When I decided I wanted to be a stunt person people thought I was crazy and to this day, I am not entirely convinced they are wrong.
I knew nothing really about the business. It sounds silly, but I never even knew that stunt people existed until my mid 20’s. I didn’t assume that the actors did it all, I just never even thought about how it was all put together. That’s why I was never really good at watching horror movies… I could never just see it as make-up and special effects.
So with all this in mind, when someone suggested I become a stunt person and I thought that sounded interesting, I really didn’t know what I was getting myself into.
I was a pretty active, physically fit person and I assumed that really was all it would take. Hollywood was waiting for me baby! So naively I just wandered around my town telling anyone who would listen that I was going to be a stunt performer. I didn’t know how I was going to make it happen, I just was. Luckily for me, after only a month or so of this wandering around and spouting out my line in random bars, someone pointed out an actual stunt performer sitting at the very bar I was in. I summoned up my courage and walked over to this unassuming man, interrupted his quiet evening drink and said, “I want to be a stunt person”.
Having been in the business myself for many years now, I can only imagine what this man (let’s call him Dan) thought. Probably it was – “Not again!” followed closely by “You? It’s probably a little late for that…” To Dan’s credit, he actually invited me to sit down and chose to give me some valuable advice and I will never forget it, as it was really the launch pad to me being able to achieve my stunt performer dream.
The first thing he asked me was “Do you have a headshot?” A headshot? Man, I didn’t even really know what a headshot was. I mean, I knew it was a photograph but I didn’t know what size it was and what it needed to look like. Color? Black and White? Full body? Just face? These days, the best form of headshot is a color 8” by 10” full body shot that most accurately represents how you look in real life. Photoshop may work in the acting world but if you turn up for a stunt job 20 pounds heavier than your headshot, you will not get the job.
So headshot. I could figure out how to get that done and even though in the past I really never liked getting my photo taken, I guess if I was going to be in the movie business, I should get used to it. The next thing Dan asked was about my skill set. Did I know any martial arts? Gymnastics? Was I the most amazing in the world at any sport? My answers? “No, No and No”. Dan sighed and looked back at his beer and my spirits dropped slightly. “What’s your thing?” he said.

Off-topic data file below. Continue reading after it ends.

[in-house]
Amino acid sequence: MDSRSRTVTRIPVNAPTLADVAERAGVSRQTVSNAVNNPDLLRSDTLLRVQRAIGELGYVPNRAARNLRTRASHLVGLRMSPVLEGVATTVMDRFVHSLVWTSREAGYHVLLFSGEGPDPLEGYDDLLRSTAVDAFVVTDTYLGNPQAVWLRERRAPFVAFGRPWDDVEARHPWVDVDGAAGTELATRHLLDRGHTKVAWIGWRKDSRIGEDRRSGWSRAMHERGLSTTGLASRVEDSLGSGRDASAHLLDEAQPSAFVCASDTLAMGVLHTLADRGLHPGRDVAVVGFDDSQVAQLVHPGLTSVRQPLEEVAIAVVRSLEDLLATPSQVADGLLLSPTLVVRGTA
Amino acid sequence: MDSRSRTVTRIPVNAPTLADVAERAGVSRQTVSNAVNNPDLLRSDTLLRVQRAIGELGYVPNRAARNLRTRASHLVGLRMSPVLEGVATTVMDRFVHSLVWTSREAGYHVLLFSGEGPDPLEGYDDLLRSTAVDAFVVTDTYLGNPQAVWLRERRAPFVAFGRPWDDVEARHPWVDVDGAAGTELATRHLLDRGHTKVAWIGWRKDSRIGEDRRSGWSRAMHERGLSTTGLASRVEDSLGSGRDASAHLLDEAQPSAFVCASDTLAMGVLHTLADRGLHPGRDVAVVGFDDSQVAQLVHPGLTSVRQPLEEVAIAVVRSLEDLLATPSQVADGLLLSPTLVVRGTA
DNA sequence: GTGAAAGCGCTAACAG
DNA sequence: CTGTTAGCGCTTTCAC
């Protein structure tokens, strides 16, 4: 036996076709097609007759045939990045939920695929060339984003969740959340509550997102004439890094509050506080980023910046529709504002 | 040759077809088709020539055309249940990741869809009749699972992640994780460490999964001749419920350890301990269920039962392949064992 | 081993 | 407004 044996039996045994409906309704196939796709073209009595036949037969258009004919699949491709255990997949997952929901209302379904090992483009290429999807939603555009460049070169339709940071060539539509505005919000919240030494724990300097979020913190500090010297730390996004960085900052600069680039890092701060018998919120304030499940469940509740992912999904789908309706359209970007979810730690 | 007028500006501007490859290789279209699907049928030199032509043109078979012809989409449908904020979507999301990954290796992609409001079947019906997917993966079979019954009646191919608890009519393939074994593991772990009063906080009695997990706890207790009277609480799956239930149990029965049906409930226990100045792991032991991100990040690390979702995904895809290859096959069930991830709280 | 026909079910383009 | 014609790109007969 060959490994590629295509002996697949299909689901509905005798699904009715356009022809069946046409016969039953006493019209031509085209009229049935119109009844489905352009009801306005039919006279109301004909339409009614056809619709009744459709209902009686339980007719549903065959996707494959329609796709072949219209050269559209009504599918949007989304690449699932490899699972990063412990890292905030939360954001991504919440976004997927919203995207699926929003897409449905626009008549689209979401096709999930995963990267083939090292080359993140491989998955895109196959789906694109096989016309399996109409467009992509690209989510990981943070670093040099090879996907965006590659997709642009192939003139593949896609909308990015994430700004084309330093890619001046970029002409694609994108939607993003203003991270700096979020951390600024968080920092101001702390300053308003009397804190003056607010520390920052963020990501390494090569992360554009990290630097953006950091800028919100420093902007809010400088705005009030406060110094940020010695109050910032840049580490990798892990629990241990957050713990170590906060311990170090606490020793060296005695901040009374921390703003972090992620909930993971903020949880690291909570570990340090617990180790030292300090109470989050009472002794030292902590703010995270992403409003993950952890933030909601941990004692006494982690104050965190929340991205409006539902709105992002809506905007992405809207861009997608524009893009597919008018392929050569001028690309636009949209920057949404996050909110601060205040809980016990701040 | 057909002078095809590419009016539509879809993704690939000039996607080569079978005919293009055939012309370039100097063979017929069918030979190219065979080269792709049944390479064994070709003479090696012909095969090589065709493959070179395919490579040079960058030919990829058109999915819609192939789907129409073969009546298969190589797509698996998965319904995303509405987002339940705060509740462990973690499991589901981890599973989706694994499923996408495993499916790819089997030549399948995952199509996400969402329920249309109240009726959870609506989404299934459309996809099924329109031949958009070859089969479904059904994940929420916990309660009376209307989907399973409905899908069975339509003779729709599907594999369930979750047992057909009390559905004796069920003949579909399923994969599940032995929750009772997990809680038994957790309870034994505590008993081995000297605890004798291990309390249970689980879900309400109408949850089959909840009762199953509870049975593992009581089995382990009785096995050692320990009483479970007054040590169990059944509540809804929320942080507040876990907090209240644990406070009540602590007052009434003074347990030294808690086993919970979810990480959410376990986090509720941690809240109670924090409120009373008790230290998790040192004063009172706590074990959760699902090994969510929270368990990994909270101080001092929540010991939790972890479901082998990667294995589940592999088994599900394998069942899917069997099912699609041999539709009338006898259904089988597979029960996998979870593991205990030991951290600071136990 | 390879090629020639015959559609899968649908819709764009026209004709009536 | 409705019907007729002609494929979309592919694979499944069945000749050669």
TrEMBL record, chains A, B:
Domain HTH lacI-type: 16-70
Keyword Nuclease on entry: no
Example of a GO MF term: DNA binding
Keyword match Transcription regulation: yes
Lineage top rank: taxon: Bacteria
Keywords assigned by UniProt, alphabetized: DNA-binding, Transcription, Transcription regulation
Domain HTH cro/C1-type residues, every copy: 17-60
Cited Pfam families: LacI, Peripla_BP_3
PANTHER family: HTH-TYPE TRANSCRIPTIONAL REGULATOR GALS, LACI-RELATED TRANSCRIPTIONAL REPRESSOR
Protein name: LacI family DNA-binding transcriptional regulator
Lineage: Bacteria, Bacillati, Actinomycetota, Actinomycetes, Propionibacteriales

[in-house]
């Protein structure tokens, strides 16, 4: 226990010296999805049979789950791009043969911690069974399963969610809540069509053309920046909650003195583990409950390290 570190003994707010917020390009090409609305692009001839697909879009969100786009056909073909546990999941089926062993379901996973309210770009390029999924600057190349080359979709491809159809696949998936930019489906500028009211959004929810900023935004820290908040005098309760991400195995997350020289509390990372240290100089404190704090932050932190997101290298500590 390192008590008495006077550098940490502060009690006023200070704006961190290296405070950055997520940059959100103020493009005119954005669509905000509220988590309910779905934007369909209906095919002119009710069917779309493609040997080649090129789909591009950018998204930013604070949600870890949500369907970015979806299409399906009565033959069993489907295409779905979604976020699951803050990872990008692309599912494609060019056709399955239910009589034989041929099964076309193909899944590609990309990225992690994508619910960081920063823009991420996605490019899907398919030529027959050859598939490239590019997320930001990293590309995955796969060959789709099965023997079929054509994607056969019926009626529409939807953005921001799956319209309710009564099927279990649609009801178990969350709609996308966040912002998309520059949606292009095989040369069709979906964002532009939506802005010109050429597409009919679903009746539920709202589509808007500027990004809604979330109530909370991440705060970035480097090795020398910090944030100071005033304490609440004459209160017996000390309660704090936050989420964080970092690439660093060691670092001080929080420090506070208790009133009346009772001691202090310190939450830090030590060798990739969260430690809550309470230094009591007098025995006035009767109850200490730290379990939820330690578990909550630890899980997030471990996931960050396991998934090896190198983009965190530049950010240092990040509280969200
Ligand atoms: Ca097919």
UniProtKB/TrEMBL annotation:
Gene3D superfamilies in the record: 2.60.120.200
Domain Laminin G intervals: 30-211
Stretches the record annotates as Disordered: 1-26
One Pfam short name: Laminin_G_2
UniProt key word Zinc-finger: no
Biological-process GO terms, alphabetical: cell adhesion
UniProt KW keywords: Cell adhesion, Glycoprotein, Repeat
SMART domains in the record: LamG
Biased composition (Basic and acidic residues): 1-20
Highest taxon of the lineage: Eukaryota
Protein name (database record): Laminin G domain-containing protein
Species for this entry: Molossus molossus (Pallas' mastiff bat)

“Um, I’m a climber and I rappel a lot. I see them do that in the movies all the time. Maybe I could do that.” Dan sighed again.
The next thing to do is to identify your skill set or build one. The more you have in what I call your “bag of tricks”, the better chance you will get a job and then keep on working. Martial arts are a good thing to do because chances are, at some stage, you will be required to do a fight scene. Stunt work eventually equals fighting.
Gymnastics is a great thing to do too. If you have not done it from childhood, you may not be able to throw a series of flips and twists but just playing around with simple trampoline moves and dive rolls will give you better air sense which really helps with high falls, wire work and just knowing where your body is in the air if you are falling. And you are never too old to start. Take it from someone who did their first back handspring at 32 years old!
Driving, high falls, dirt biking, water sports and basically anything super active also help if you can achieve a high level in it.
Once you have identified the skill set you have, write that down on a sheet of paper and staple that to the back of your newly acquired headshot. Make it look good but never ever exaggerate what you can do. You will be employed as a result of this skill set and if you get to set and have slightly expanded on what your actual experience is, you will probably have a hard time getting a second stunt job. Also add your height, weight and contact details.